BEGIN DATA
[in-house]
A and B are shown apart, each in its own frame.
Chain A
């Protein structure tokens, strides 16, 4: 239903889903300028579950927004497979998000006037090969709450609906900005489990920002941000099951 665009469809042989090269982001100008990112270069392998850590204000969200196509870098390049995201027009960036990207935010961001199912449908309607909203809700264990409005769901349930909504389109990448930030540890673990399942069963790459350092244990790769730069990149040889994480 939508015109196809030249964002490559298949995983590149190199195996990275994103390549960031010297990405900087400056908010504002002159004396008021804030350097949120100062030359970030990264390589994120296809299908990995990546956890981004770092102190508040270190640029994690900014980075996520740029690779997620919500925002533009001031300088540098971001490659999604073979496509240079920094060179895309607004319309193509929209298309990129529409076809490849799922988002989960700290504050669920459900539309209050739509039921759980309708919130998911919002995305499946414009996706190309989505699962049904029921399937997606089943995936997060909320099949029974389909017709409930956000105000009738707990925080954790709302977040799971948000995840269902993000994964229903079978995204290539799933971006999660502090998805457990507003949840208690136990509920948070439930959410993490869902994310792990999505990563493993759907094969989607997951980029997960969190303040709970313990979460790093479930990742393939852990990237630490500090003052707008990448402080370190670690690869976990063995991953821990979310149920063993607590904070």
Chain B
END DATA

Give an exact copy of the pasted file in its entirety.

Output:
[in-house]
A and B are shown apart, each in its own frame.
Chain A
């Protein structure tokens, strides 16, 4: 239903889903300028579950927004497979998000006037090969709450609906900005489990920002941000099951 665009469809042989090269982001100008990112270069392998850590204000969200196509870098390049995201027009960036990207935010961001199912449908309607909203809700264990409005769901349930909504389109990448930030540890673990399942069963790459350092244990790769730069990149040889994480 939508015109196809030249964002490559298949995983590149190199195996990275994103390549960031010297990405900087400056908010504002002159004396008021804030350097949120100062030359970030990264390589994120296809299908990995990546956890981004770092102190508040270190640029994690900014980075996520740029690779997620919500925002533009001031300088540098971001490659999604073979496509240079920094060179895309607004319309193509929209298309990129529409076809490849799922988002989960700290504050669920459900539309209050739509039921759980309708919130998911919002995305499946414009996706190309989505699962049904029921399937997606089943995936997060909320099949029974389909017709409930956000105000009738707990925080954790709302977040799971948000995840269902993000994964229903079978995204290539799933971006999660502090998805457990507003949840208690136990509920948070439930959410993490869902994310792990999505990563493993759907094969989607997951980029997960969190303040709970313990979460790093479930990742393939852990990237630490500090003052707008990448402080370190670690690869976990063995991953821990979310149920063993607590904070």
Chain B